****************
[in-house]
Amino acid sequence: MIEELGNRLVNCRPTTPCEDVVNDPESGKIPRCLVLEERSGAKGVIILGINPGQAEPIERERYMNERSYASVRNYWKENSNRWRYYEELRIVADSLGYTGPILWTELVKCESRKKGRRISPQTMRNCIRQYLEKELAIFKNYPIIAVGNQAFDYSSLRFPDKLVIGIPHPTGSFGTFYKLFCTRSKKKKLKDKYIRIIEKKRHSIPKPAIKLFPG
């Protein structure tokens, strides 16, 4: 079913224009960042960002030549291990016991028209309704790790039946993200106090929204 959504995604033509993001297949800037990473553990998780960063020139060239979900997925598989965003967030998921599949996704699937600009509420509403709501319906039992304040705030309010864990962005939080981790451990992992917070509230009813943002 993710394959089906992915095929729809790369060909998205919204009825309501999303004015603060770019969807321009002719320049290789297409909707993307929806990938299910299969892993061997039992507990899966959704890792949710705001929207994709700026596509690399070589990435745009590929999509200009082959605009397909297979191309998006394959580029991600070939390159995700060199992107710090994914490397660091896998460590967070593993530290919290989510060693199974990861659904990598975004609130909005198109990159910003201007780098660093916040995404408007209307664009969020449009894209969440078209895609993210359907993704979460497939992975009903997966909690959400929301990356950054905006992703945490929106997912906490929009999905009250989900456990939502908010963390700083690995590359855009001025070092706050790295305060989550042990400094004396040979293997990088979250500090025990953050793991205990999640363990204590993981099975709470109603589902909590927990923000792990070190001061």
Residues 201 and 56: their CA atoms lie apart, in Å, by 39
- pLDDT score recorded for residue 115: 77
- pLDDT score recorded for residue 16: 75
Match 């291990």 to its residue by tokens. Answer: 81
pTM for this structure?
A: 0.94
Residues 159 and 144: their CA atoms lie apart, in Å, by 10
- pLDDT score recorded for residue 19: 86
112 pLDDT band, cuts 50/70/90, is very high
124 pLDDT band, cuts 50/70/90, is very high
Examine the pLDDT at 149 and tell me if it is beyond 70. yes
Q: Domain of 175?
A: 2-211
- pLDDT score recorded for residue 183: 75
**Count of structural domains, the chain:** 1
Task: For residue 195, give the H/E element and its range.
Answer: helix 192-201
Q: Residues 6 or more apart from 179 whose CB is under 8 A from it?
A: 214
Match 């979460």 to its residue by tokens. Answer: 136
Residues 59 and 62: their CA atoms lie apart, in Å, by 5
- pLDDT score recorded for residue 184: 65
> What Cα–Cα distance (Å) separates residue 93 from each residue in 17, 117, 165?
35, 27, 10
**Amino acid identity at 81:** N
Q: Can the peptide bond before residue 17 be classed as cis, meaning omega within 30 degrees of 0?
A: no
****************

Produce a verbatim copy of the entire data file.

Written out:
[in-house]
Amino acid sequence: MIEELGNRLVNCRPTTPCEDVVNDPESGKIPRCLVLEERSGAKGVIILGINPGQAEPIERERYMNERSYASVRNYWKENSNRWRYYEELRIVADSLGYTGPILWTELVKCESRKKGRRISPQTMRNCIRQYLEKELAIFKNYPIIAVGNQAFDYSSLRFPDKLVIGIPHPTGSFGTFYKLFCTRSKKKKLKDKYIRIIEKKRHSIPKPAIKLFPG
């Protein structure tokens, strides 16, 4: 079913224009960042960002030549291990016991028209309704790790039946993200106090929204 959504995604033509993001297949800037990473553990998780960063020139060239979900997925598989965003967030998921599949996704699937600009509420509403709501319906039992304040705030309010864990962005939080981790451990992992917070509230009813943002 993710394959089906992915095929729809790369060909998205919204009825309501999303004015603060770019969807321009002719320049290789297409909707993307929806990938299910299969892993061997039992507990899966959704890792949710705001929207994709700026596509690399070589990435745009590929999509200009082959605009397909297979191309998006394959580029991600070939390159995700060199992107710090994914490397660091896998460590967070593993530290919290989510060693199974990861659904990598975004609130909005198109990159910003201007780098660093916040995404408007209307664009969020449009894209969440078209895609993210359907993704979460497939992975009903997966909690959400929301990356950054905006992703945490929106997912906490929009999905009250989900456990939502908010963390700083690995590359855009001025070092706050790295305060989550042990400094004396040979293997990088979250500090025990953050793991205990999640363990204590993981099975709470109603589902909590927990923000792990070190001061």
Residues 201 and 56: their CA atoms lie apart, in Å, by 39
- pLDDT score recorded for residue 115: 77
- pLDDT score recorded for residue 16: 75
Match 């291990």 to its residue by tokens. Answer: 81
pTM for this structure?
A: 0.94
Residues 159 and 144: their CA atoms lie apart, in Å, by 10
- pLDDT score recorded for residue 19: 86
112 pLDDT band, cuts 50/70/90, is very high
124 pLDDT band, cuts 50/70/90, is very high
Examine the pLDDT at 149 and tell me if it is beyond 70. yes
Q: Domain of 175?
A: 2-211
- pLDDT score recorded for residue 183: 75
**Count of structural domains, the chain:** 1
Task: For residue 195, give the H/E element and its range.
Answer: helix 192-201
Q: Residues 6 or more apart from 179 whose CB is under 8 A from it?
A: 214
Match 């979460």 to its residue by tokens. Answer: 136
Residues 59 and 62: their CA atoms lie apart, in Å, by 5
- pLDDT score recorded for residue 184: 65
> What Cα–Cα distance (Å) separates residue 93 from each residue in 17, 117, 165?
35, 27, 10
**Amino acid identity at 81:** N
Q: Can the peptide bond before residue 17 be classed as cis, meaning omega within 30 degrees of 0?
A: no